Motivational interviewing (MI) refers to a counseling approach which evolved from experience in the treatment of problem drinkers. MI is a semi-directive, client-centered counseling style for eliciting behavior change by helping clients to explore and resolve ambivalence. Motivational Interviewing is a goal-directed. method that works on facilitating and engaging intrinsic motivation within the person in order to change behavior.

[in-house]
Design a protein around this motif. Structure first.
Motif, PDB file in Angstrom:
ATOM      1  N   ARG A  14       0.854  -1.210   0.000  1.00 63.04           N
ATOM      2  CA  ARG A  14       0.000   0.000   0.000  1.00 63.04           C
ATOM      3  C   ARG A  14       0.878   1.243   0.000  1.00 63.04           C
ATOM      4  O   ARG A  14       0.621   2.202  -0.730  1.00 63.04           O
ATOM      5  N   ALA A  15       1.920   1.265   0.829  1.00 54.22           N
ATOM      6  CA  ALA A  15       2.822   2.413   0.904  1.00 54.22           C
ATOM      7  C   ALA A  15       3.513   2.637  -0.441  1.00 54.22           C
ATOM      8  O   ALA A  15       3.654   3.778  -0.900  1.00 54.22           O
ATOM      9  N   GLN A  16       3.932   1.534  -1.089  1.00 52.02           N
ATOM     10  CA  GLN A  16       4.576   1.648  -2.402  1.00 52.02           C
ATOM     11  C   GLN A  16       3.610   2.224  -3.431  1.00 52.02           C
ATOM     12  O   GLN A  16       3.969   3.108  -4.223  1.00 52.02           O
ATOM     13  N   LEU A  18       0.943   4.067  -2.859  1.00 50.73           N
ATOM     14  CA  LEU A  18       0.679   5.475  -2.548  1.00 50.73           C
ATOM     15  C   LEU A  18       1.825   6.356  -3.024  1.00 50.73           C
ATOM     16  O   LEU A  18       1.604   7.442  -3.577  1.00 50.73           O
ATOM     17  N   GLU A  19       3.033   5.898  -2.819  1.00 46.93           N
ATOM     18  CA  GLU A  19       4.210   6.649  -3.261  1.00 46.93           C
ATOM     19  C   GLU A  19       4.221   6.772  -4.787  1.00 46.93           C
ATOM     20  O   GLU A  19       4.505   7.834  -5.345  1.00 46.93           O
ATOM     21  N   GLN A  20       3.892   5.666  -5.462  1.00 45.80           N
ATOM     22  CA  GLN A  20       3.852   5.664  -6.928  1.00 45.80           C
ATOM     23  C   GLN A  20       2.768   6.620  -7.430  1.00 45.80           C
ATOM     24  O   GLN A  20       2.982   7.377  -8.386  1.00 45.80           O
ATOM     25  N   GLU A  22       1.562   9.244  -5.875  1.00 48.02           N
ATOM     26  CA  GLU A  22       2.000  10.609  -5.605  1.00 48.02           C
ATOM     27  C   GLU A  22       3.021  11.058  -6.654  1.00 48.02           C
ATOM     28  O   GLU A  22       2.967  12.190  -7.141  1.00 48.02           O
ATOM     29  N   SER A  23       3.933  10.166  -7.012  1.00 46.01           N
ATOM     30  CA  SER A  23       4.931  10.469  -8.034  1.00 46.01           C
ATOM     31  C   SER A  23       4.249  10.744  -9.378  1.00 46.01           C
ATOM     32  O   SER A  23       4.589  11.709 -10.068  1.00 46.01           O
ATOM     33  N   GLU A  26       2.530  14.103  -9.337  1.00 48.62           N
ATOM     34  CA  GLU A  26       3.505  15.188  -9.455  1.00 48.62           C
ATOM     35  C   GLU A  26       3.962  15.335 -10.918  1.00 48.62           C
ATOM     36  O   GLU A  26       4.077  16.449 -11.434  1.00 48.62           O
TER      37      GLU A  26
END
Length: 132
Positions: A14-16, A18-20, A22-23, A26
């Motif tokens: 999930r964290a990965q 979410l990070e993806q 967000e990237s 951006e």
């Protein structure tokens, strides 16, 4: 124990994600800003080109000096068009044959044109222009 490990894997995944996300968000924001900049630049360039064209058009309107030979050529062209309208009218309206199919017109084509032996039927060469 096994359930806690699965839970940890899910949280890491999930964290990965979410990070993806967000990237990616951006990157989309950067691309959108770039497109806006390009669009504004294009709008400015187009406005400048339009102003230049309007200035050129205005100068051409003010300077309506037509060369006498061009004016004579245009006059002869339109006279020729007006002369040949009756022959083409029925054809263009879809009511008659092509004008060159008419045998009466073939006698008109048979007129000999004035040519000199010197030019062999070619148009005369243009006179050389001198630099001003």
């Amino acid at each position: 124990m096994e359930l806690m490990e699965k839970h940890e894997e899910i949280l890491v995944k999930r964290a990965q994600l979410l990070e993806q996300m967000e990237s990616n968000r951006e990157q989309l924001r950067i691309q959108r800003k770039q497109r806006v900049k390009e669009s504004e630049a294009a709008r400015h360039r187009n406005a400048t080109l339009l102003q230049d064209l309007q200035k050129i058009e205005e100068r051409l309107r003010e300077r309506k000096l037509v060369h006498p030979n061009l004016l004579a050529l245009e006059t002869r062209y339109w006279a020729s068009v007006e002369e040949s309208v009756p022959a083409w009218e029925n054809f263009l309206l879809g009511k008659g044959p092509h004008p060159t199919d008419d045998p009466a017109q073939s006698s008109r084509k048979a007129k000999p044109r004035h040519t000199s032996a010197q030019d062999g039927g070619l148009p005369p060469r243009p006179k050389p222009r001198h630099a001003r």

Motivational interviewing recognizes and accepts the fact that people who need to make changes in their lives approach counseling at different levels of readiness to change their behavior. MI is non-judgmental, non-confrontational and non-adversarial. The approach attempts to increase the person’s awareness of the potential problems caused, consequences experienced, and risks faced as a result of the behavior in question. Therapists help clients envision a better future, and become increasingly motivated to achieve it. The strategy seeks to help people think differently about their behavior and ultimately to consider what might be gained through change. Motivational interviewing focuses on the present, and entails working with a client to access motivation to change a particular behavior, that is not consistent with a client’s personal value or goal.